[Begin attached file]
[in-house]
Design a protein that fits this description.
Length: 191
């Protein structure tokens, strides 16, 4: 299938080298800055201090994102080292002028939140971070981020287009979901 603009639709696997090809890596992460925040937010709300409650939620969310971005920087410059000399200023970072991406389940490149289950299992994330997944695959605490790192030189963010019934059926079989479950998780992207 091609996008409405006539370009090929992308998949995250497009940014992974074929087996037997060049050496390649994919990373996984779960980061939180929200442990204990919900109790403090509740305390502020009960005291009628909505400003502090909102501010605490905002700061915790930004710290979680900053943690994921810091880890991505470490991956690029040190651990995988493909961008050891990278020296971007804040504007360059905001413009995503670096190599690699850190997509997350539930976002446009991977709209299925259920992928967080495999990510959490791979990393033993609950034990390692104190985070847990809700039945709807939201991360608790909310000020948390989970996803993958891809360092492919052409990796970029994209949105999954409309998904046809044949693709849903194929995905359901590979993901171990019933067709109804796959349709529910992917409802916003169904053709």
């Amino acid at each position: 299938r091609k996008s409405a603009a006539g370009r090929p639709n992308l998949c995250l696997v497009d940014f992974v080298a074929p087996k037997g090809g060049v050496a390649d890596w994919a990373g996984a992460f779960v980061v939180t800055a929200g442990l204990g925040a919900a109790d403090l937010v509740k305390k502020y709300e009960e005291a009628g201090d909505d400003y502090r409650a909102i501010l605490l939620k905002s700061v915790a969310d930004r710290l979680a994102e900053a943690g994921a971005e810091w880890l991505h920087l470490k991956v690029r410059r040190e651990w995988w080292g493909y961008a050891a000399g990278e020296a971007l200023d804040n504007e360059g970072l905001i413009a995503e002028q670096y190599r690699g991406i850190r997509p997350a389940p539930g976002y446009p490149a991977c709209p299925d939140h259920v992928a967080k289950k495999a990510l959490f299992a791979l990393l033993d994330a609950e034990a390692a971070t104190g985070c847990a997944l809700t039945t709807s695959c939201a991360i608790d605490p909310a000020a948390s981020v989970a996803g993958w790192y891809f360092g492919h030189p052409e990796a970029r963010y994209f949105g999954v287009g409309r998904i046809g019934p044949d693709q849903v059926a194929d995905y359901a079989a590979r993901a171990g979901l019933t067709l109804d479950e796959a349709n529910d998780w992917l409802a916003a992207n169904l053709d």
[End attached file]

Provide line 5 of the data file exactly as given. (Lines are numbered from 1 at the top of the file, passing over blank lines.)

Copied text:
């Amino acid at each position: 299938r091609k996008s409405a603009a006539g370009r090929p639709n992308l998949c995250l696997v497009d940014f992974v080298a074929p087996k037997g090809g060049v050496a390649d890596w994919a990373g996984a992460f779960v980061v939180t800055a929200g442990l204990g925040a919900a109790d403090l937010v509740k305390k502020y709300e009960e005291a009628g201090d909505d400003y502090r409650a909102i501010l605490l939620k905002s700061v915790a969310d930004r710290l979680a994102e900053a943690g994921a971005e810091w880890l991505h920087l470490k991956v690029r410059r040190e651990w995988w080292g493909y961008a050891a000399g990278e020296a971007l200023d804040n504007e360059g970072l905001i413009a995503e002028q670096y190599r690699g991406i850190r997509p997350a389940p539930g976002y446009p490149a991977c709209p299925d939140h259920v992928a967080k289950k495999a990510l959490f299992a791979l990393l033993d994330a609950e034990a390692a971070t104190g985070c847990a997944l809700t039945t709807s695959c939201a991360i608790d605490p909310a000020a948390s981020v989970a996803g993958w790192y891809f360092g492919h030189p052409e990796a970029r963010y994209f949105g999954v287009g409309r998904i046809g019934p044949d693709q849903v059926a194929d995905y359901a079989a590979r993901a171990g979901l019933t067709l109804d479950e796959a349709n529910d998780w992917l409802a916003a992207n169904l053709d």